Bismarck′s Legacy of Laziness | From the Fringe | DW | 21.12.2007
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From the Fringe

Bismarck's Legacy of Laziness

Otto von Bismarck will be remembered as the Iron Chancellor who orchestrated German unification and waged war against France. His great-great-grandson will be remembered as one of Germany's laziest politicians.

Portrait of Otto von Bismarck

Can't imagine Otto von Bismarck calling in sick

When faced with criticism, the elder Bismarck (1815-1898) fought back. He bribed journalists, discredited his enemies and kissed up to monarchs. But times have changed and they just don't make statesmen like they used to.

Bismark's great-great-grandson will be remembered less for any specific accomplishment than for his extraordinary laziness.

Count Carl Eduard von Bismarck resigned his parliament seat on Thursday, Dec. 20. During his two-year tenure in Germany's lower house of parliament, the media dubbed Bismarck "Germany's laziest politician."

Bismarck, 46, entered parliament as a member of Chancellor Angela Merkel's Christian Democratic Union (CDU) in 2005. Colleagues quickly became resentful of his frequent absences.

"I have to say that for the past year and a half, he has not really been taking part in the work of the CDU caucus," the CDU chairman in Bismarck's northern constituency, Klaus Schlie, told the AFP. "There is considerable displeasure about his position in the constituency."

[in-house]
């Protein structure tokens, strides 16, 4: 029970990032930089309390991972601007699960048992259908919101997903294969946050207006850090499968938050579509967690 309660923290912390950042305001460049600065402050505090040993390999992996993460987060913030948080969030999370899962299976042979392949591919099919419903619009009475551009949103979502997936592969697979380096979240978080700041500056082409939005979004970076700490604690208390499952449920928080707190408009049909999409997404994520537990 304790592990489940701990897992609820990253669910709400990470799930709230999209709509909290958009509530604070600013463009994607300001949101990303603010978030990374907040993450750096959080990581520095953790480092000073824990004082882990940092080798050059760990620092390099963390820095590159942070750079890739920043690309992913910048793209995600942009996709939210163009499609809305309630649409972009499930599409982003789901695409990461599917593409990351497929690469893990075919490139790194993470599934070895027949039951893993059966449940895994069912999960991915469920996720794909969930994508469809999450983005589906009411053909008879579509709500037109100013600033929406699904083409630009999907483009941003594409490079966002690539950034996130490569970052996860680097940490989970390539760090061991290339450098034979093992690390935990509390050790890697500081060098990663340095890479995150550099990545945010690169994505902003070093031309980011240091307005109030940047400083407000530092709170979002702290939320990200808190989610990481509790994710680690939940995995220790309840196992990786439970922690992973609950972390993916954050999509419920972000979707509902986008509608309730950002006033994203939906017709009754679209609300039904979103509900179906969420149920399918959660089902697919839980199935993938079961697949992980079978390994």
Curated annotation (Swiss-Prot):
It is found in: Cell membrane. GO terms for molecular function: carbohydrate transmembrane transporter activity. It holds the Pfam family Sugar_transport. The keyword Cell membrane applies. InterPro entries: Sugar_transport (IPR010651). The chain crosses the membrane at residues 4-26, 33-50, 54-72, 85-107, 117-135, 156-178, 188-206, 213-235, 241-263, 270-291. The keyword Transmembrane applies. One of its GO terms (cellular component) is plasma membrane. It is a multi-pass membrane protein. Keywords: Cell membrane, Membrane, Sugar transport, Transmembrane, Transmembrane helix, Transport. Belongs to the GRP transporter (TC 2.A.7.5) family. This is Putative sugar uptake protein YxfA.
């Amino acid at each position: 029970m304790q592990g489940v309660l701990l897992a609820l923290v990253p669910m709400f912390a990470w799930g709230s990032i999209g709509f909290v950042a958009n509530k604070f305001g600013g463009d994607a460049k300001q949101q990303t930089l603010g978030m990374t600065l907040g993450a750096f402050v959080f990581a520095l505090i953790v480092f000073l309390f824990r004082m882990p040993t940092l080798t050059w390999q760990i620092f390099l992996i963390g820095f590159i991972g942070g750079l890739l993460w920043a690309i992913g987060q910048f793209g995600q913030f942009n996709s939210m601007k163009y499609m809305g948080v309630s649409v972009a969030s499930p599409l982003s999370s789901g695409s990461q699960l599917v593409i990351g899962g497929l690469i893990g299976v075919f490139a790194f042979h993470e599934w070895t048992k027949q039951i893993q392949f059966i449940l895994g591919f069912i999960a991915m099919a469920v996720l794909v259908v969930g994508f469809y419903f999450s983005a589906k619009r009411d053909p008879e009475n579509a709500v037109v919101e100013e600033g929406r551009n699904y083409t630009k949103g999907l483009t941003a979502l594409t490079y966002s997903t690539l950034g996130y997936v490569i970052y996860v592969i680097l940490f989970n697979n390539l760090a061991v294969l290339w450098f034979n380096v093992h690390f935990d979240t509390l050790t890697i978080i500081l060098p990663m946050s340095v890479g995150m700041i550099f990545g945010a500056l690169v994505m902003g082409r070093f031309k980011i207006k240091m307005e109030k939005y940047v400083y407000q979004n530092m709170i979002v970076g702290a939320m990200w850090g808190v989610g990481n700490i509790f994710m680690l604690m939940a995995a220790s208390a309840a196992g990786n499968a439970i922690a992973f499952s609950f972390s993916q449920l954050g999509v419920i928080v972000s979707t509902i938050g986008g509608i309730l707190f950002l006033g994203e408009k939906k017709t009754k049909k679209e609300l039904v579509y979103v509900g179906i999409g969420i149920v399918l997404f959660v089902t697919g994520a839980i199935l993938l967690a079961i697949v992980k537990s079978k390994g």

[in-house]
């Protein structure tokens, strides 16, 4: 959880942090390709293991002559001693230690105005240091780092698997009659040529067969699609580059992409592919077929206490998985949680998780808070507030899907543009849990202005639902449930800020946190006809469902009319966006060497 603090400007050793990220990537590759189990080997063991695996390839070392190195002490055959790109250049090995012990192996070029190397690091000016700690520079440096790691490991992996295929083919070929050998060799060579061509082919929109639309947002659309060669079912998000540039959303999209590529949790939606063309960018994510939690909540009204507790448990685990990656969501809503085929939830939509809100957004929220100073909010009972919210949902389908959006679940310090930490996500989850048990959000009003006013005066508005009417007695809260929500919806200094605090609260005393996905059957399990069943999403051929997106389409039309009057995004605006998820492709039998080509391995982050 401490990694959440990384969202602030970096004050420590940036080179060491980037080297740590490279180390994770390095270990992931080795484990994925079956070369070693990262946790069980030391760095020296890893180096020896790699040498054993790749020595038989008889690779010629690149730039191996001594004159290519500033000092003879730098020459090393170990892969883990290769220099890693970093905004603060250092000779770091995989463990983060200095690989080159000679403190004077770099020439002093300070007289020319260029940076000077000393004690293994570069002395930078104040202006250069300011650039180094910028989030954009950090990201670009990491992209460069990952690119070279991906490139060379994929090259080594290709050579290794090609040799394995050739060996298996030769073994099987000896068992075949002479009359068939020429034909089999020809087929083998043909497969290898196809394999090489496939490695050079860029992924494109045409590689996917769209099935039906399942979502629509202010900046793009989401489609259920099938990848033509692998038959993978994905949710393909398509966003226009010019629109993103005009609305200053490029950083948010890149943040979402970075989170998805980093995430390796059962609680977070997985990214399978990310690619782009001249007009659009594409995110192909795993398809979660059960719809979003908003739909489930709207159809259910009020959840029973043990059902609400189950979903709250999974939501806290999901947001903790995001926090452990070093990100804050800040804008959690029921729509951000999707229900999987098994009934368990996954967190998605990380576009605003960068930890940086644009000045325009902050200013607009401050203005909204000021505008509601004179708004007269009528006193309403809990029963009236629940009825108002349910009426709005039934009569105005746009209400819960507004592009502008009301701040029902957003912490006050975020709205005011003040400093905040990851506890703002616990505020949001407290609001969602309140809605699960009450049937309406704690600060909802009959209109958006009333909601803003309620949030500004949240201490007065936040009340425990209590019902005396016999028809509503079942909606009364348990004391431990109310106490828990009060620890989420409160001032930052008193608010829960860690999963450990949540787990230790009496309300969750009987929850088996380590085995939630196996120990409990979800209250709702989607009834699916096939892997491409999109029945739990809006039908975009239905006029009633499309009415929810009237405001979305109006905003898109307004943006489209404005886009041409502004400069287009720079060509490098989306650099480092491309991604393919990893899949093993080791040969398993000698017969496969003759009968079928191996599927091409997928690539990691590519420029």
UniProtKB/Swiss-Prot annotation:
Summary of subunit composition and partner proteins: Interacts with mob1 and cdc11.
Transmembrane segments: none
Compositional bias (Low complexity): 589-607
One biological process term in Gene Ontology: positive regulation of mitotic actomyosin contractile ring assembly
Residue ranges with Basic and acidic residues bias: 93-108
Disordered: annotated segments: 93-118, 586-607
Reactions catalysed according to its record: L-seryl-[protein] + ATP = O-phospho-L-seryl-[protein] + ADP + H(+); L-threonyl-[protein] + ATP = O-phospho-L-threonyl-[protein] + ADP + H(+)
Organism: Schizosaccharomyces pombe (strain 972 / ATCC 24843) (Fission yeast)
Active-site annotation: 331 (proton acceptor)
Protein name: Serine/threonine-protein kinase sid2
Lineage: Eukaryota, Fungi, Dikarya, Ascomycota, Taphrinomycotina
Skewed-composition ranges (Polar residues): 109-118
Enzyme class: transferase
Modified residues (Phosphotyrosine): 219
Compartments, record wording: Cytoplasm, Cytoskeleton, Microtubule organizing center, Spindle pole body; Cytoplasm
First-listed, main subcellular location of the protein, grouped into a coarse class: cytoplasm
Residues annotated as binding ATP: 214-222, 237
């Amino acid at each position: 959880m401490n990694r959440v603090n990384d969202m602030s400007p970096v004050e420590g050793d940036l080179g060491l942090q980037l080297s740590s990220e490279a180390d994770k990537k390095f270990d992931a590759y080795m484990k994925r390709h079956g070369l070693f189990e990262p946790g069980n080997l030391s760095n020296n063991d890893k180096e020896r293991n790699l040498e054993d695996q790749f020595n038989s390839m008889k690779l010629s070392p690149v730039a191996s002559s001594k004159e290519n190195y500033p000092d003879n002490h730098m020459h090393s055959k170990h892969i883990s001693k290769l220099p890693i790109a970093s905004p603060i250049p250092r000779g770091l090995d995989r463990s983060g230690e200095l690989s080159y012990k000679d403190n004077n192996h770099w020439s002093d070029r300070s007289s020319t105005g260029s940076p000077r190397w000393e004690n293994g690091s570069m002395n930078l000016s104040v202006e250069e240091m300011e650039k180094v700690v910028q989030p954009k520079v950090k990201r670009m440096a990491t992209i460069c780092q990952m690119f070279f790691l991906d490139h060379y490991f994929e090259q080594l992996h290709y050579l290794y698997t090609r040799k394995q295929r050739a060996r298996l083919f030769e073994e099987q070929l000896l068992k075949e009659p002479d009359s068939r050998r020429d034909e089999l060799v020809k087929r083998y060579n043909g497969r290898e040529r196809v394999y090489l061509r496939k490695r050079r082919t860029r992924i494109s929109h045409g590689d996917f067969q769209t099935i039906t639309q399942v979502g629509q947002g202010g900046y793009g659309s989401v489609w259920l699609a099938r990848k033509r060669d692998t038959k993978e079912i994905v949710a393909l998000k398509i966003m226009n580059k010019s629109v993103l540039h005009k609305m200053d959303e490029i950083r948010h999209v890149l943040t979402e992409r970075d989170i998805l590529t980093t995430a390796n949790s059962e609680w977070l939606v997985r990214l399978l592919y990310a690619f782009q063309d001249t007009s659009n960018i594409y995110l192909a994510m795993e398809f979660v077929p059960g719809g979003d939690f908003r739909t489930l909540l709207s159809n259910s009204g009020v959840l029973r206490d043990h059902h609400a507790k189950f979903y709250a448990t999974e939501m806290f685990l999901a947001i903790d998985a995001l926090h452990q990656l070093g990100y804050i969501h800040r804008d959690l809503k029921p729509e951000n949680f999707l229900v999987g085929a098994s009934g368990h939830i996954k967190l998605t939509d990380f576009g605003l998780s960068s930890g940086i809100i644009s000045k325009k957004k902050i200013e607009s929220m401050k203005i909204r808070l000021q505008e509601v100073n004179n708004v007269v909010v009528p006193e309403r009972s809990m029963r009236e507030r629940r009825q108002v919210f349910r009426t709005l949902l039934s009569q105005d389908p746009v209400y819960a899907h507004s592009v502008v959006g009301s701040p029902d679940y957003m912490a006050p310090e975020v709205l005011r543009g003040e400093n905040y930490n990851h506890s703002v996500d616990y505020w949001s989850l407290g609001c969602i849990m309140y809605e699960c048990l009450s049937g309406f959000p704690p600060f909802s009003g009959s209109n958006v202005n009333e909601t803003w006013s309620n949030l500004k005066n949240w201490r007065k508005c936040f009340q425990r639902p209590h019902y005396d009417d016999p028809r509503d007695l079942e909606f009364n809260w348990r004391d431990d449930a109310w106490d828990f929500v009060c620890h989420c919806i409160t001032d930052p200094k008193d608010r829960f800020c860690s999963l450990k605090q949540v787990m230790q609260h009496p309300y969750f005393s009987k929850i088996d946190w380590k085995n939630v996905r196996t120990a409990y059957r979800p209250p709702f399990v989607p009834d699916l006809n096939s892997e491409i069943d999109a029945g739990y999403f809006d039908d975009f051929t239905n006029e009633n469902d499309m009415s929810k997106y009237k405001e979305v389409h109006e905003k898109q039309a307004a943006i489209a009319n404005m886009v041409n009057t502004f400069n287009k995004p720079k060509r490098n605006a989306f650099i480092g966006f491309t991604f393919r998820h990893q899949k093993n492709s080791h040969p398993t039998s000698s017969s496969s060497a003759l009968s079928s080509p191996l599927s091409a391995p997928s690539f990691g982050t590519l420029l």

Excused absences

Portrait of Carl Eduard Graf von Bismarck

This Bismarck often didn't show up to vote

According to the Bild tabloid, the Iron Chancellor's relative missed more than half of the 21 plenary sessions this year. He failed to show up for important votes raising sales tax by three points. He also skipped out on votes to reform the German health system and on a debate over sending German Tornado jets to Afghanistan to do surveillance work for NATO.

Bismarck said he suffered from back problems and had notes from the doctor to explain his absences.

According to Bild, Bismarck would have qualified for a lifetime monthly pension of 631 euros ($904) if he had resigned after Jan. 12. Other CDU members reportedly insisted he go before that date. But Bismarck will still be entitled to a single pension payment of 40,000 euros from the legislature.

Bismarck is the older brother of the late Count Gottfried von Bismarck, who was found dead in his London apartment this summer at the age of 44 after a life marked by drug scandals.

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